Grad wins prestigious fellowship for med school 

When Rebekah Elliott’s children graduated from high school, she told them she was going to college with them. Now, she's headed to med school armed with a scholarship and what she learned at Pitt State. 

“I had always planned to go back to school after my children were grown – thankfully I was able to follow through,” she said. 

The motivating factor: going through palliative care with both of her parents, who lived in Parsons and were the reason she and her family settled in Southeast Kansas. 

“It reignited in me a passion in me to continue the pre-med degree I had started years ago,” she said. 

Elliott accomplished her goal by graduating from Pitt State in December 2018, and after working two years as a researcher, this fall she was accepted by KU Medical Center to begin work on her medical degree. 

Helping her get there is a 2021 National Fellowship awarded by Phi Kappa Phi — the nation’s oldest, largest, and most selective collegiate honor society for all academic disciplines. 

“It is very competitive and very prestigious to win one of these,” said Professor Randy Winzer, a faculty advisor for Pitt State's Phi Kappa Phi Chapter 213. 

Each year since 1979, high performing undergraduate students having at least 72 semester hours have been invited to join the chapter, making them eligible to compete for numerous scholarships and awards valued at $1 million each year.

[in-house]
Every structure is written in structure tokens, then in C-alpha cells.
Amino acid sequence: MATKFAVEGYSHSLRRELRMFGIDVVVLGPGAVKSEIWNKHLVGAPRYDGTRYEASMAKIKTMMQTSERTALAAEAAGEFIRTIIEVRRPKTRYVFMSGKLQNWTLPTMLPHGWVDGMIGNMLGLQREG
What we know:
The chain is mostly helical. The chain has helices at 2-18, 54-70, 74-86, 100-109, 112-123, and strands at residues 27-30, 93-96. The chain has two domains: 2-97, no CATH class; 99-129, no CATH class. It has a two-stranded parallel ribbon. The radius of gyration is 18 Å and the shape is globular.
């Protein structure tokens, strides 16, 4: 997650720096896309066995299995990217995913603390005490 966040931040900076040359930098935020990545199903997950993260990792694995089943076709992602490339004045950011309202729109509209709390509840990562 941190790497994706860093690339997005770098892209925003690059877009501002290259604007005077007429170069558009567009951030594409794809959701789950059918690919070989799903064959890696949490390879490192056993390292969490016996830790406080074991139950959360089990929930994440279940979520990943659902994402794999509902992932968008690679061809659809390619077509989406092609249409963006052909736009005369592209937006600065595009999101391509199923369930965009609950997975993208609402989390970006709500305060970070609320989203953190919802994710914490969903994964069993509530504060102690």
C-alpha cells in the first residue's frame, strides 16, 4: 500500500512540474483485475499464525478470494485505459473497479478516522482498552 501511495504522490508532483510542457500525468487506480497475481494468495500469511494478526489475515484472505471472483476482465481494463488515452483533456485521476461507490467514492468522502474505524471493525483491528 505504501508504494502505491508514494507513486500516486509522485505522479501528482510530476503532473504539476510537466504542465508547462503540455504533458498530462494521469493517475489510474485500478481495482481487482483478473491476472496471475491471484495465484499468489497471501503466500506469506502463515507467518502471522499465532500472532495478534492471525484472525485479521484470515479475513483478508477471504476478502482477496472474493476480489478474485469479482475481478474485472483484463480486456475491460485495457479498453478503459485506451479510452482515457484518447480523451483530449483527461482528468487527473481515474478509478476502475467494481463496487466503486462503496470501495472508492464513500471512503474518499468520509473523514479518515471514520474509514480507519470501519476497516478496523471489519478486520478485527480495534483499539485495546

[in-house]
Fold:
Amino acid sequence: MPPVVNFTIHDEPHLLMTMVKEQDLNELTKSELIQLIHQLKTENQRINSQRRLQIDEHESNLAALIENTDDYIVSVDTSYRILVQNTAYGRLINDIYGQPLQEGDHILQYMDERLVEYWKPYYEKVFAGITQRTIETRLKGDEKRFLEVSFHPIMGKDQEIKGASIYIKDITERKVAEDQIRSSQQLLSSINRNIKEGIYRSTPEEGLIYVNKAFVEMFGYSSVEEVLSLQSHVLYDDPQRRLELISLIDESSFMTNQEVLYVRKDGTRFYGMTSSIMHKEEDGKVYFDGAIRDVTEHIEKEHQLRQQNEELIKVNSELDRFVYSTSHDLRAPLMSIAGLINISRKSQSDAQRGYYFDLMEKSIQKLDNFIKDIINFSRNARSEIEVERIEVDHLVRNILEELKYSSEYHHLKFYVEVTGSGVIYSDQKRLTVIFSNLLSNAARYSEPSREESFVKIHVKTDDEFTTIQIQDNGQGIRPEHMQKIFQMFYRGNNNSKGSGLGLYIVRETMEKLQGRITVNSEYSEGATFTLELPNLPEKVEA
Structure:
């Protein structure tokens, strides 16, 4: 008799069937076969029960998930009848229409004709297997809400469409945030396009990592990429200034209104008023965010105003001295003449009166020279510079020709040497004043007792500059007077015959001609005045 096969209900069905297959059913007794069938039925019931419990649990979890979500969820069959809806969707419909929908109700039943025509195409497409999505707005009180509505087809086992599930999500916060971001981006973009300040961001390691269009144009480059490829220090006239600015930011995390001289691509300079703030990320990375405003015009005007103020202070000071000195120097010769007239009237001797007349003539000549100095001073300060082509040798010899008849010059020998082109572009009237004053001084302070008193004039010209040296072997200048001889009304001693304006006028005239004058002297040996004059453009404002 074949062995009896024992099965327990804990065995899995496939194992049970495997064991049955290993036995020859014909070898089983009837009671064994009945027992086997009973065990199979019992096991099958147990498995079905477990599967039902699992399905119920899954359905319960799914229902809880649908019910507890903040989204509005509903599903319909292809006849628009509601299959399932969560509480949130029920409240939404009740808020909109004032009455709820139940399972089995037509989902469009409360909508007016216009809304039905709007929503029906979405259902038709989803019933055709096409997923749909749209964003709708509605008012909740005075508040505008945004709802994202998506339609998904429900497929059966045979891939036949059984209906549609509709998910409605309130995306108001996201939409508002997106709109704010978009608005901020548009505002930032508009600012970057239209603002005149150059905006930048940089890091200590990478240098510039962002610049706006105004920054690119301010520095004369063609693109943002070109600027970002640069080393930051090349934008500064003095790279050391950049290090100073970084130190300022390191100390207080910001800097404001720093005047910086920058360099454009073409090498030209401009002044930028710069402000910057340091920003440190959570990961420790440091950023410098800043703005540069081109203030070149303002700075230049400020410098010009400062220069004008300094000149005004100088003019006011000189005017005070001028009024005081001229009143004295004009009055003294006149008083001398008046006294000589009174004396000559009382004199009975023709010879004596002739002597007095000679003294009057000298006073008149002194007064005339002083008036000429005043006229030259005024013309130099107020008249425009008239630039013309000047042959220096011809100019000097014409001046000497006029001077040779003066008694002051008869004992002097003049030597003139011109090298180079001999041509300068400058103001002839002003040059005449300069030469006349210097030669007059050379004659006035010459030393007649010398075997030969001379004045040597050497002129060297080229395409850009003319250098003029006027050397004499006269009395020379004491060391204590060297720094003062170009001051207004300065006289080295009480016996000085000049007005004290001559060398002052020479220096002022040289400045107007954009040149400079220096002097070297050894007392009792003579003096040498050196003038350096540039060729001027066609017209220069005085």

Elliott, as a nominee from Pitt State’s Phi Kappa Phi Chapter, competed with students from more than 300 other chapters. Winning the fellowship puts her in an elite group, Winzer said. 

Elliott plans to specialize in neuroendocrinology and hopes to work as a researcher and physician focusing on patient advocacy and helping those that live in areas where clinical care can be challenging — areas like Parsons, whose residents often have to travel to see specialists. 

She credits her experience working with faculty members like Anuradha Ghosh, Irene Zegar, Santimukul Santra, and others in getting her to this point. 

“The experiences I had at Pitt State – the research I got to do in labs alongside professors — it all helped me so much, and getting this fellowship is phenomenal.”  

“It’s a calling – you definitely regret things you don’t try. I’m so thankful I’m here. I don’t care what age you are, never stop dreaming,” said Elliott, who is 50. “Never stop going forward on what your goals are.” 

Learn more about Pitt State's pre-med programs:

Pre-Med Biology